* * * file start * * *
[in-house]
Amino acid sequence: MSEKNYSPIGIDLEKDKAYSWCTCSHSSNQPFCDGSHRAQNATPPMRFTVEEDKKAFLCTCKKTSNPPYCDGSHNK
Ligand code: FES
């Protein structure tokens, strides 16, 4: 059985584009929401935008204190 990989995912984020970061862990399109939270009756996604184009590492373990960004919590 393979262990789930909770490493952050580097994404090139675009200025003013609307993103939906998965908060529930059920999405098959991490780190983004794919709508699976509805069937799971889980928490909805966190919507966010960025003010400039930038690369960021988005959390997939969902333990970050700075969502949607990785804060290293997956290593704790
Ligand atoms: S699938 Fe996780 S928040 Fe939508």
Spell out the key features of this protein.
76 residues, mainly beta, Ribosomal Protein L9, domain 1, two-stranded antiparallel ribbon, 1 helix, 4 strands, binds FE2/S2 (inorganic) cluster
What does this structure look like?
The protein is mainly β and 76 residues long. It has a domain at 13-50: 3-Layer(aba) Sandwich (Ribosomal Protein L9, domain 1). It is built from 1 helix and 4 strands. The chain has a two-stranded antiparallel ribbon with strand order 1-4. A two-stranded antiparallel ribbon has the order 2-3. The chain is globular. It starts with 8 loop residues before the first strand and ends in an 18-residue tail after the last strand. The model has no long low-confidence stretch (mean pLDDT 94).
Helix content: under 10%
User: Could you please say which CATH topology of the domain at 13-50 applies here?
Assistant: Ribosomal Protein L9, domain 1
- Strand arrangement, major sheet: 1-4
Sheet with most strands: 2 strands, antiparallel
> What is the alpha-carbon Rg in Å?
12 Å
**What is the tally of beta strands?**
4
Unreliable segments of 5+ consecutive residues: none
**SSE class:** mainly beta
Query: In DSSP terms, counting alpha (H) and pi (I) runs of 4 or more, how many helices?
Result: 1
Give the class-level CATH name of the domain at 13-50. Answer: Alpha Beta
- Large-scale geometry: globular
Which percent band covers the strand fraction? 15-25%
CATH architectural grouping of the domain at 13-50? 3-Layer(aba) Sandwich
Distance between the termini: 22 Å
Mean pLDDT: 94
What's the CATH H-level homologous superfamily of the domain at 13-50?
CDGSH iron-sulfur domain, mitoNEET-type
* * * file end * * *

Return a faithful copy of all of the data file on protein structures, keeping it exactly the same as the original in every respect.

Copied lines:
[in-house]
Amino acid sequence: MSEKNYSPIGIDLEKDKAYSWCTCSHSSNQPFCDGSHRAQNATPPMRFTVEEDKKAFLCTCKKTSNPPYCDGSHNK
Ligand code: FES
């Protein structure tokens, strides 16, 4: 059985584009929401935008204190 990989995912984020970061862990399109939270009756996604184009590492373990960004919590 393979262990789930909770490493952050580097994404090139675009200025003013609307993103939906998965908060529930059920999405098959991490780190983004794919709508699976509805069937799971889980928490909805966190919507966010960025003010400039930038690369960021988005959390997939969902333990970050700075969502949607990785804060290293997956290593704790
Ligand atoms: S699938 Fe996780 S928040 Fe939508």
Spell out the key features of this protein.
76 residues, mainly beta, Ribosomal Protein L9, domain 1, two-stranded antiparallel ribbon, 1 helix, 4 strands, binds FE2/S2 (inorganic) cluster
What does this structure look like?
The protein is mainly β and 76 residues long. It has a domain at 13-50: 3-Layer(aba) Sandwich (Ribosomal Protein L9, domain 1). It is built from 1 helix and 4 strands. The chain has a two-stranded antiparallel ribbon with strand order 1-4. A two-stranded antiparallel ribbon has the order 2-3. The chain is globular. It starts with 8 loop residues before the first strand and ends in an 18-residue tail after the last strand. The model has no long low-confidence stretch (mean pLDDT 94).
Helix content: under 10%
User: Could you please say which CATH topology of the domain at 13-50 applies here?
Assistant: Ribosomal Protein L9, domain 1
- Strand arrangement, major sheet: 1-4
Sheet with most strands: 2 strands, antiparallel
> What is the alpha-carbon Rg in Å?
12 Å
**What is the tally of beta strands?**
4
Unreliable segments of 5+ consecutive residues: none
**SSE class:** mainly beta
Query: In DSSP terms, counting alpha (H) and pi (I) runs of 4 or more, how many helices?
Result: 1
Give the class-level CATH name of the domain at 13-50. Answer: Alpha Beta
- Large-scale geometry: globular
Which percent band covers the strand fraction? 15-25%
CATH architectural grouping of the domain at 13-50? 3-Layer(aba) Sandwich
Distance between the termini: 22 Å
Mean pLDDT: 94
What's the CATH H-level homologous superfamily of the domain at 13-50?
CDGSH iron-sulfur domain, mitoNEET-type